Tuesday, 4/15/14

    1. A monotheistic religion of the book?
    2. Parsing ledes
    3. The new food culture
    4. Secularist, womanist, celibate
    5. Pop Imperialism

1

But why is Christianity not really a monotheism, nor a religion of the book?

According to Brague’s latest book, On the God of the Christians (And on One or Two Others), the simple answer is that both of these phrases came into existence very late. They appeared only around the 17th and 18th centuries and were used by polemicists againstChristianity (plus Judaism and Islam). They are not part of, if you will, the natural self-identification of these groups.

Now If we were serious about how Christianity understands itself then it would make much more sense to call it a trinitarianism rather than a monotheism … the label “monotheist” is so wide and useless that it obviously applies to both Aristotle’s lonely introvert god and the watchmaker god of the deists …

Brague also dismisses the label “religions of the book” for much the same reason. It completely ignores the incompatible understandings of what the book means for each one of these religions. Plus, there are plenty of other religions with books (Zoroastrianism, Hinduism, Mormonism, pretty much every religion has its own sacred text).

Here’s Brague’s succinct formulation of the key differences: “The religion of Israel is a history that led to a book; Christianity is a history recounted in a book; Islam is a book that led to a history.”

(Arthur Rosman, Christianity Is Neither a Monotheism Nor a Religion of the Book (Remi Brague))

2

A man and his grandson were among three people who were fatally shot Sunday at a Jewish community center and a retirement home in a Kansas City suburb, authorities said.

The press (not excluding the Wall Street Journal) has become so tendentious that one must check to see whether “Jewish community center and retirement home” is coincidental or central to the story.

Sadly, it appears to be central to this shooting, thought to be the work of “an outspoken white supremacist and [former] ‘grand dragon’ of the Carolina Knights of the Ku Klux Klan.”

3

So, not all is lost, America! For in the desolate landscape of your food culture, many green shoots are popping up … It’s actually quite the little renaissance … there is now a vibrant American food subculture, which recognizes the value of good produce, preparation, taste, and so on.

Is this an unalloyed good? As Christians, we must answer: no. Because there’s one problem with this new food subculture, which is that it’s become a class marker. In America, obsesity is pretty thoroughly connected with class, and our overclass has glommed on food culture as a way to differentiate itself from its well-off brethren. In America now, to care about food is to say “I am not one of these people.” For the Church to simply lean into this trend unquestioningly would be to reinforce class narrative and class privilege, it would be to move away from, rather than closer to, the solidarity with the poor that the Gospel calls us to. It’s not enough to say “Take the time to make home-cooked meals”–the single mother working three jobs will say with good reason, “What time?”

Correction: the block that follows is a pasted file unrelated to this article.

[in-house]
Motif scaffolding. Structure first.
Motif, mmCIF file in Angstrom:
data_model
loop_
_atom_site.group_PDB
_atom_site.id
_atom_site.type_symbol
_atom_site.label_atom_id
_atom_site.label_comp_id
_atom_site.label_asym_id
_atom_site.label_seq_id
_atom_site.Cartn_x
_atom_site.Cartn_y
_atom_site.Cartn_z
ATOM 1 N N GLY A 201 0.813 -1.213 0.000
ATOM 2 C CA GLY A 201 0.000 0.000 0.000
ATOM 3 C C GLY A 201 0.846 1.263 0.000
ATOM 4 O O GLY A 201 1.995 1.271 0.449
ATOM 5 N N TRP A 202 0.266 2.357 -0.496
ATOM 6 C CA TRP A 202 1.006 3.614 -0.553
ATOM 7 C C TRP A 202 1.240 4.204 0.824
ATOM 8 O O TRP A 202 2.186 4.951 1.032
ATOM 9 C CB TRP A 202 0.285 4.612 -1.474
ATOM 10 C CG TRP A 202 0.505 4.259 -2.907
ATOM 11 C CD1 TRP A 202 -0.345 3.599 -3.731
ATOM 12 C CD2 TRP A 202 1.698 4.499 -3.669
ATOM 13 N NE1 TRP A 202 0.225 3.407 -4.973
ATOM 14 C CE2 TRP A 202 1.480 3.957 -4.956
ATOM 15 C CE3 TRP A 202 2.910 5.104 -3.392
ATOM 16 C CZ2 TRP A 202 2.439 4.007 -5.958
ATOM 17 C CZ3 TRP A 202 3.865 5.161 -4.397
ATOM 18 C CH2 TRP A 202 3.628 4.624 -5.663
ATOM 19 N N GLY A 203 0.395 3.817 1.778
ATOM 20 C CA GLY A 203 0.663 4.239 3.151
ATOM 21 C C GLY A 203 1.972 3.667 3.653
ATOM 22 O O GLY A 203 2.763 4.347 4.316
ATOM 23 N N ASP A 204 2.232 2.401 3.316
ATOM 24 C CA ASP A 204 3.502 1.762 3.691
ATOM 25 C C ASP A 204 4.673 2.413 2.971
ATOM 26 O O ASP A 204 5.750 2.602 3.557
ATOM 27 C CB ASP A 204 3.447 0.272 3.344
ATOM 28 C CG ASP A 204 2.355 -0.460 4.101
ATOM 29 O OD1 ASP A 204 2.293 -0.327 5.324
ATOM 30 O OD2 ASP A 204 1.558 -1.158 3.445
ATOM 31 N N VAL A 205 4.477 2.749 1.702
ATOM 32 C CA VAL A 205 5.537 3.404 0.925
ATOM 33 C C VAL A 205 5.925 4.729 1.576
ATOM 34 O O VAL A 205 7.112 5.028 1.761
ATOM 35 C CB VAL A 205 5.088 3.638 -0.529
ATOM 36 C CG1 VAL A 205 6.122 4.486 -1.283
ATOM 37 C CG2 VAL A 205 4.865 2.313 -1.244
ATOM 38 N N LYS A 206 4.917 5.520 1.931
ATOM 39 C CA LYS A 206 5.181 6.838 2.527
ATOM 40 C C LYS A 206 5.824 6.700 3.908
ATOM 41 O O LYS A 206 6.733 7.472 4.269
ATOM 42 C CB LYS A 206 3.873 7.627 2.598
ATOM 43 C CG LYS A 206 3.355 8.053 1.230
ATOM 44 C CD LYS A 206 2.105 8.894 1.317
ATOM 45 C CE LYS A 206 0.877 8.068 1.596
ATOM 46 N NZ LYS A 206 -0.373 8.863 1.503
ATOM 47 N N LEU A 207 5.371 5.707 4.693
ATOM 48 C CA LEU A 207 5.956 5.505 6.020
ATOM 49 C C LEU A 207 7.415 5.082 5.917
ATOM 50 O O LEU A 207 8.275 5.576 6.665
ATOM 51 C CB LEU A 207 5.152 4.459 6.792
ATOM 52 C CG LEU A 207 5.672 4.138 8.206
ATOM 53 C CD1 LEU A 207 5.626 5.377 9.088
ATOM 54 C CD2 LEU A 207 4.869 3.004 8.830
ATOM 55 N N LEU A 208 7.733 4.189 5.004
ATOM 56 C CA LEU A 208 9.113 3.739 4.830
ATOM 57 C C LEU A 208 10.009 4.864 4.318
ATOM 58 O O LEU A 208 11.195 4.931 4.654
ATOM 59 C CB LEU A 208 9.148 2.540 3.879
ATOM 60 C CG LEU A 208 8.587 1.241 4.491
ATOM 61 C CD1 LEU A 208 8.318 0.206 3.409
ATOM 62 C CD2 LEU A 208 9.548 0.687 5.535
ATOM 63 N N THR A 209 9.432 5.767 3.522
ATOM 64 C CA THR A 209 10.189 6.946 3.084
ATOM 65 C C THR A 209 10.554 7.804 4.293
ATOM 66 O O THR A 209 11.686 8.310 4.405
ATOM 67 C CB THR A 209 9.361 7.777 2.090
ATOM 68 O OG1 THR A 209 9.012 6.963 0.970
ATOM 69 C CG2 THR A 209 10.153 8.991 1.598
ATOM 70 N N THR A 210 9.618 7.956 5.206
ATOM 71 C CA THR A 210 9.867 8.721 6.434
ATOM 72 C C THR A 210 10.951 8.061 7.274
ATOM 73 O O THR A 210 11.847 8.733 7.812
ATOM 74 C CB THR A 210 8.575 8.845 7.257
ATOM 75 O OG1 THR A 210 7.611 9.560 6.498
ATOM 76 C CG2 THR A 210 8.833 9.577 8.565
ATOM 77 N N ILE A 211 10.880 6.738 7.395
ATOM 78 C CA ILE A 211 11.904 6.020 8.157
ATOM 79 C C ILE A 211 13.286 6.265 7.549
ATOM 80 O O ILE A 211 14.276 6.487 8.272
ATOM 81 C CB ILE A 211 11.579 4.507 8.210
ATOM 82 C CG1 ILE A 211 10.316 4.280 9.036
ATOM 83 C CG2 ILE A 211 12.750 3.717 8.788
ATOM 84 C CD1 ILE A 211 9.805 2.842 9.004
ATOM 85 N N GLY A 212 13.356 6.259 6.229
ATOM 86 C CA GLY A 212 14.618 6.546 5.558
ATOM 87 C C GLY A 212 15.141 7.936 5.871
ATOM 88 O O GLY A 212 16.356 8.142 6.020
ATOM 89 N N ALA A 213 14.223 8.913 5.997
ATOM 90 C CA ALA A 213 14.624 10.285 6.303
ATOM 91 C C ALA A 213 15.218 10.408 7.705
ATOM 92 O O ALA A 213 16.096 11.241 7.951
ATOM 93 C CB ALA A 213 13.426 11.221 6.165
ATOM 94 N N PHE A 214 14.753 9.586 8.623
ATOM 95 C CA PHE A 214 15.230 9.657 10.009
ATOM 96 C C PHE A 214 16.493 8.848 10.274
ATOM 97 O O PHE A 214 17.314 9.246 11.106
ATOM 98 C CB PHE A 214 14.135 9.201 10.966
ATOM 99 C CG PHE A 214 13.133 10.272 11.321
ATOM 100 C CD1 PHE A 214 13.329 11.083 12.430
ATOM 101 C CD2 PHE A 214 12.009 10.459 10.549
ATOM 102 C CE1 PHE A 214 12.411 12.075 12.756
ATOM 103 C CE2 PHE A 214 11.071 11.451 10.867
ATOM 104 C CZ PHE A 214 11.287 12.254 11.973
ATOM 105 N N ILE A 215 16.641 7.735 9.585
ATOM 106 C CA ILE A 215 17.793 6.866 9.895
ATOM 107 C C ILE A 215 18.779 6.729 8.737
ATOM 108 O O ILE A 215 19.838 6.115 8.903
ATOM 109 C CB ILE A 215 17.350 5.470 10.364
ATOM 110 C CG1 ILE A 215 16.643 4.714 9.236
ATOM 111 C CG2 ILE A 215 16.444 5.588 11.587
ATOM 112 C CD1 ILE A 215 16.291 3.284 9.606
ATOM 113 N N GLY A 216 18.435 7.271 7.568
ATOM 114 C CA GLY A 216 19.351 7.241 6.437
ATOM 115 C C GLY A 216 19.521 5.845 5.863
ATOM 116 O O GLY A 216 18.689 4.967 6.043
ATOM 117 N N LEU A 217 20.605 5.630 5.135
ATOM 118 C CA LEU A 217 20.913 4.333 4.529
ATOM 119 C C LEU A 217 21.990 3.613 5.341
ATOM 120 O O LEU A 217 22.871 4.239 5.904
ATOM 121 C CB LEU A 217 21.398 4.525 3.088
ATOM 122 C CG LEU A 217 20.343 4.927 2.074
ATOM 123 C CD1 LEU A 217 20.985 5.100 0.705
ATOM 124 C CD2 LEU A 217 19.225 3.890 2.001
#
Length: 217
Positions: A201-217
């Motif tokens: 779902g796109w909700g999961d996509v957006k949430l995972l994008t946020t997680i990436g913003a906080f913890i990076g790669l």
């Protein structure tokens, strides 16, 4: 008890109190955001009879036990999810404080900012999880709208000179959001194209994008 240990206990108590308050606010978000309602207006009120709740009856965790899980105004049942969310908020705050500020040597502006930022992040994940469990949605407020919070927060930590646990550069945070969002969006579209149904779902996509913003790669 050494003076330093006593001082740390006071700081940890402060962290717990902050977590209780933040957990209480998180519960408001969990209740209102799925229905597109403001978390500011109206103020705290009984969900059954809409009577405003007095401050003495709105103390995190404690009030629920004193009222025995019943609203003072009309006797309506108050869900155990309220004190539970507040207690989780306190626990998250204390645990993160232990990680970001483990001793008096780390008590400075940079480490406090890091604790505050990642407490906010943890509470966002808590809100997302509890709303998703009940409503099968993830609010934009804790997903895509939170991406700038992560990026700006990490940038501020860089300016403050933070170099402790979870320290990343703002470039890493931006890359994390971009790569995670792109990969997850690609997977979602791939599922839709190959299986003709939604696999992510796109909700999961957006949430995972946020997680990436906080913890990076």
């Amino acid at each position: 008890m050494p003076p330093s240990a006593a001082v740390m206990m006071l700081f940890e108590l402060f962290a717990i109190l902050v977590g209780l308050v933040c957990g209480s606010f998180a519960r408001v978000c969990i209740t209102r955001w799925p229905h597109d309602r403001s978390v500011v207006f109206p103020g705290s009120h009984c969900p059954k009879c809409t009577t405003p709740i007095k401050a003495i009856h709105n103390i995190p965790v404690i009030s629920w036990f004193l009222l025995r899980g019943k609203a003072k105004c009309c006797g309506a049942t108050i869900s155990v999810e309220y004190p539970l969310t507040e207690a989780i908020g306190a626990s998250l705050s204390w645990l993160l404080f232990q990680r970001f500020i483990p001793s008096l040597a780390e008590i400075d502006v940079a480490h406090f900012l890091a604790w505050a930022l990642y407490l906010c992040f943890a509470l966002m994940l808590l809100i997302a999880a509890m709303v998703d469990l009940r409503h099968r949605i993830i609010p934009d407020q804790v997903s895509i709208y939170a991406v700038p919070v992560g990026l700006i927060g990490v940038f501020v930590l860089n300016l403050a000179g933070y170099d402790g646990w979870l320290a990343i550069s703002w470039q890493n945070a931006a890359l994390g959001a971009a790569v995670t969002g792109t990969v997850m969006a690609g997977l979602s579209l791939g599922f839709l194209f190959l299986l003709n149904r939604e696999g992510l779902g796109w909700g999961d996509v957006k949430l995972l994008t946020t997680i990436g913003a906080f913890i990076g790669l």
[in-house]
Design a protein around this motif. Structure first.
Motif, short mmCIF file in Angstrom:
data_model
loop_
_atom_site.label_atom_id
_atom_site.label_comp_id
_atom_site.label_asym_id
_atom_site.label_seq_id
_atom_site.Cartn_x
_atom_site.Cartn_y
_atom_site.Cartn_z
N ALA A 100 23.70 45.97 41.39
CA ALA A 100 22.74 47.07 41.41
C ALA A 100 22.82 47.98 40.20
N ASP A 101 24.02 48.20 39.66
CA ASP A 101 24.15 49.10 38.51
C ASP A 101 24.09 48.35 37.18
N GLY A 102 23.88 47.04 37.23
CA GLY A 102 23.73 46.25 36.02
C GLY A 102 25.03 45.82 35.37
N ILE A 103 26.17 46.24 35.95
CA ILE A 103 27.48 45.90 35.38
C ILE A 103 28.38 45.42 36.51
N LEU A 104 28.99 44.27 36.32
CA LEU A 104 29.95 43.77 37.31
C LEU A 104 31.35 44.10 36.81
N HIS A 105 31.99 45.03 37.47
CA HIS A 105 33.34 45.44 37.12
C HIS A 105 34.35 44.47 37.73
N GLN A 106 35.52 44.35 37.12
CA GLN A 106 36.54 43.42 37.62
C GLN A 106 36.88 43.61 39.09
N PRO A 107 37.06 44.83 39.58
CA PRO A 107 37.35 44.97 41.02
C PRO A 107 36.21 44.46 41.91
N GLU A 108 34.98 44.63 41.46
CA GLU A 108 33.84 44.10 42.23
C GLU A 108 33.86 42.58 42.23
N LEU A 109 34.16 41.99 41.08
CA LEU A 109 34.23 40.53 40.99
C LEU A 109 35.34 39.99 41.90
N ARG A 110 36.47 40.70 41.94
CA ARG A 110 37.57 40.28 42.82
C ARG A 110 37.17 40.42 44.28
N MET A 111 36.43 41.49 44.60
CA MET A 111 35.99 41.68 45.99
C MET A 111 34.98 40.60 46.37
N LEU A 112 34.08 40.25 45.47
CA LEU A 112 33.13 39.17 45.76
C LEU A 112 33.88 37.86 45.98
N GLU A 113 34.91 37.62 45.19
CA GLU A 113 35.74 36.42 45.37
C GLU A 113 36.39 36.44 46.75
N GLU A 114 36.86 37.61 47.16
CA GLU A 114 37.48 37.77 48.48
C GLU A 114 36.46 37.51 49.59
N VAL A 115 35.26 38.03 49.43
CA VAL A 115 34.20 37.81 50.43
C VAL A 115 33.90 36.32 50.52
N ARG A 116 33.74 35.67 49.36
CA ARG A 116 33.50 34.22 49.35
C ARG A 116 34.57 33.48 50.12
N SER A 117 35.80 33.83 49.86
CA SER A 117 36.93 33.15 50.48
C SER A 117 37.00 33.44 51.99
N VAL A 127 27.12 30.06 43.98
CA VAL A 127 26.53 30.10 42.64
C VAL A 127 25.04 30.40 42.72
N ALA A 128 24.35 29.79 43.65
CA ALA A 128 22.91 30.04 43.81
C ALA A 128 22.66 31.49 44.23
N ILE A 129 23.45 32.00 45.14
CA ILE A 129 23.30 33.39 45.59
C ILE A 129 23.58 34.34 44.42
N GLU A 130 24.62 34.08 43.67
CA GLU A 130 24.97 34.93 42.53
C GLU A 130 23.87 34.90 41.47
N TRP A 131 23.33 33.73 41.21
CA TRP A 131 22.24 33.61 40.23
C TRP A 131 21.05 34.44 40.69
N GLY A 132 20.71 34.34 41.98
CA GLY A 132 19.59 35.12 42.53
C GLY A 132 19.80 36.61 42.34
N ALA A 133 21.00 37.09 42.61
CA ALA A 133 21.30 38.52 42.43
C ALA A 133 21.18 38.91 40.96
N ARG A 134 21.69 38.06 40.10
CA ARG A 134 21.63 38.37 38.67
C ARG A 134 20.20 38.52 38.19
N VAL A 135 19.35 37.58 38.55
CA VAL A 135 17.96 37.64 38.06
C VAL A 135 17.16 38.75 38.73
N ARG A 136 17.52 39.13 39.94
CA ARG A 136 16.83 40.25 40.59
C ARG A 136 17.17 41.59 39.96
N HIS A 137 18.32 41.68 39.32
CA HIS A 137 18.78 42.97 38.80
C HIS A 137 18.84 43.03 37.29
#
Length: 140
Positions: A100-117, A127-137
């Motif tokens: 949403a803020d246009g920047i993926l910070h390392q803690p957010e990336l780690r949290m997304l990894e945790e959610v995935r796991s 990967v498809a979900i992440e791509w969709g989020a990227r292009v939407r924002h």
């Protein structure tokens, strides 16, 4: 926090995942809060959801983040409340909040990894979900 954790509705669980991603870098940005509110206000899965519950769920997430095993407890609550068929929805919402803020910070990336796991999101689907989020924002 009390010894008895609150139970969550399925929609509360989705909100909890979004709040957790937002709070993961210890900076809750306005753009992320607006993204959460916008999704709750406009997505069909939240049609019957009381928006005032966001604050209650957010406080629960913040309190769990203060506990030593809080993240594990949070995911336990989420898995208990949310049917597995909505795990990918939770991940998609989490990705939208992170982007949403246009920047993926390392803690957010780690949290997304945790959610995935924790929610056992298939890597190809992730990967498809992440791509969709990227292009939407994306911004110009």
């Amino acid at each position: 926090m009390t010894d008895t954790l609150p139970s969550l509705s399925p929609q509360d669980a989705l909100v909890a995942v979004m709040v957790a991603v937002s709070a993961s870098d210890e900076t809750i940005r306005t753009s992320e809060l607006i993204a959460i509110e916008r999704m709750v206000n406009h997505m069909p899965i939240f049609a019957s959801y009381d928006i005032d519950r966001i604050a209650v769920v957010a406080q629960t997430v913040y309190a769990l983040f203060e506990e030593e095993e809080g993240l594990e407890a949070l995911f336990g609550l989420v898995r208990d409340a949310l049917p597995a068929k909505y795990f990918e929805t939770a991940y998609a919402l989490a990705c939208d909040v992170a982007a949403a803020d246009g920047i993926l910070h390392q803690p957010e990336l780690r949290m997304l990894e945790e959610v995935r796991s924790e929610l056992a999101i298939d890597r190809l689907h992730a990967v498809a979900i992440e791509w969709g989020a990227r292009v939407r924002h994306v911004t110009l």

(Pascal-Emmanuel Gobry, A Ministry of Food) PEG starts off by blaming Protestant-inspired Prohibition for the descent of American food into pure crap. Interesting, but underdeveloped. Maybe if I had time to follow his link it would be developed better.)

Sounds plausible, and overall I think it is, but there are some surprising people discovering how not to eat crap.

4

Celibacy raises eyebrows because it is an act of rebellion against the sacred cow of sexual consumerism. This is a consumer society. An assumption built into it is that we should all be eager consumers of sexual activity.

(Sally Cline in Women, Celibacy and Passion, via Aaron Taylor at Ethika Politika) Aaron Taylor’s title is Celibacy and Sexual Capitalism, and the quote just struck me as a particularly apt summary of an article rich in perceptive secular and “womanist” quotations.

Equally subversive of our sexual consumerism, it seems to me, is limiting sex to marriage and recognizing that unchastity is possible even within marriage.

5

On the spread of American pop culture across the globe:

[S]ince the Internet ensures that barriers are transgressed with impunity, the lowest forms of human life will in due course dominate the screen in every living room, and the blame for this will fall squarely on America. Of course, that will be unjust. The blame for watching destructive images falls on the person watching them. The problem is that people are sorely tempted beings, unable to protect themselves from their own worst desires without the help of a culture that backs up their efforts.

Roger Scruton, Pop Imperialism.

(Mark L. Movesian)

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“The remarks made in this essay do not represent scholarly research. They are intended as topical stimulations for conversation among intelligent and informed people.” (Gerhart Niemeyer)

Some succinct standing advice on recurring themes.